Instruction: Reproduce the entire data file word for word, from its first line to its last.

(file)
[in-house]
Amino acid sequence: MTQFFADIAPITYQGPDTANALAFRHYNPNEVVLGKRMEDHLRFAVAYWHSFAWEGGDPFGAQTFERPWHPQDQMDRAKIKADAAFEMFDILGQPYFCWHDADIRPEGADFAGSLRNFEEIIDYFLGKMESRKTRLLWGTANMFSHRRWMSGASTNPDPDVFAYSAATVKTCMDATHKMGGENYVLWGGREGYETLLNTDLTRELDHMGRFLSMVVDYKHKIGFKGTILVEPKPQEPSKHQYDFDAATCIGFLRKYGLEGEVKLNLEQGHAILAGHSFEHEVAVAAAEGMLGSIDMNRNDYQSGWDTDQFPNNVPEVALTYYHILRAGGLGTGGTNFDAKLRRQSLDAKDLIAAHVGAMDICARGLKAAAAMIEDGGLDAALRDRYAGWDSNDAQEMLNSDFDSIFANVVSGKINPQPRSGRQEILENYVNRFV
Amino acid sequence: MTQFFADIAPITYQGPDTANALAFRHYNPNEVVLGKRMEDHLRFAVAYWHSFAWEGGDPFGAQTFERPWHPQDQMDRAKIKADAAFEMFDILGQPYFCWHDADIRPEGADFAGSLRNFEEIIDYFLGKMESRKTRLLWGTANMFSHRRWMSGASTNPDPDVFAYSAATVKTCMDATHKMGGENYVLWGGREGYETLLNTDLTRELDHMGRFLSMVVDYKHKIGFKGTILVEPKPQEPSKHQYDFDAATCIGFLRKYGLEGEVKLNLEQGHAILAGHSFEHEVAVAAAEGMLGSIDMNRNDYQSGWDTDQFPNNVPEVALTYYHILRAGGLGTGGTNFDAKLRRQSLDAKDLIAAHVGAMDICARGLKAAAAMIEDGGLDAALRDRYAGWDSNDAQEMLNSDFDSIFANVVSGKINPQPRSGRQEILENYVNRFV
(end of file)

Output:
[in-house]
Amino acid sequence: MTQFFADIAPITYQGPDTANALAFRHYNPNEVVLGKRMEDHLRFAVAYWHSFAWEGGDPFGAQTFERPWHPQDQMDRAKIKADAAFEMFDILGQPYFCWHDADIRPEGADFAGSLRNFEEIIDYFLGKMESRKTRLLWGTANMFSHRRWMSGASTNPDPDVFAYSAATVKTCMDATHKMGGENYVLWGGREGYETLLNTDLTRELDHMGRFLSMVVDYKHKIGFKGTILVEPKPQEPSKHQYDFDAATCIGFLRKYGLEGEVKLNLEQGHAILAGHSFEHEVAVAAAEGMLGSIDMNRNDYQSGWDTDQFPNNVPEVALTYYHILRAGGLGTGGTNFDAKLRRQSLDAKDLIAAHVGAMDICARGLKAAAAMIEDGGLDAALRDRYAGWDSNDAQEMLNSDFDSIFANVVSGKINPQPRSGRQEILENYVNRFV
Amino acid sequence: MTQFFADIAPITYQGPDTANALAFRHYNPNEVVLGKRMEDHLRFAVAYWHSFAWEGGDPFGAQTFERPWHPQDQMDRAKIKADAAFEMFDILGQPYFCWHDADIRPEGADFAGSLRNFEEIIDYFLGKMESRKTRLLWGTANMFSHRRWMSGASTNPDPDVFAYSAATVKTCMDATHKMGGENYVLWGGREGYETLLNTDLTRELDHMGRFLSMVVDYKHKIGFKGTILVEPKPQEPSKHQYDFDAATCIGFLRKYGLEGEVKLNLEQGHAILAGHSFEHEVAVAAAEGMLGSIDMNRNDYQSGWDTDQFPNNVPEVALTYYHILRAGGLGTGGTNFDAKLRRQSLDAKDLIAAHVGAMDICARGLKAAAAMIEDGGLDAALRDRYAGWDSNDAQEMLNSDFDSIFANVVSGKINPQPRSGRQEILENYVNRFV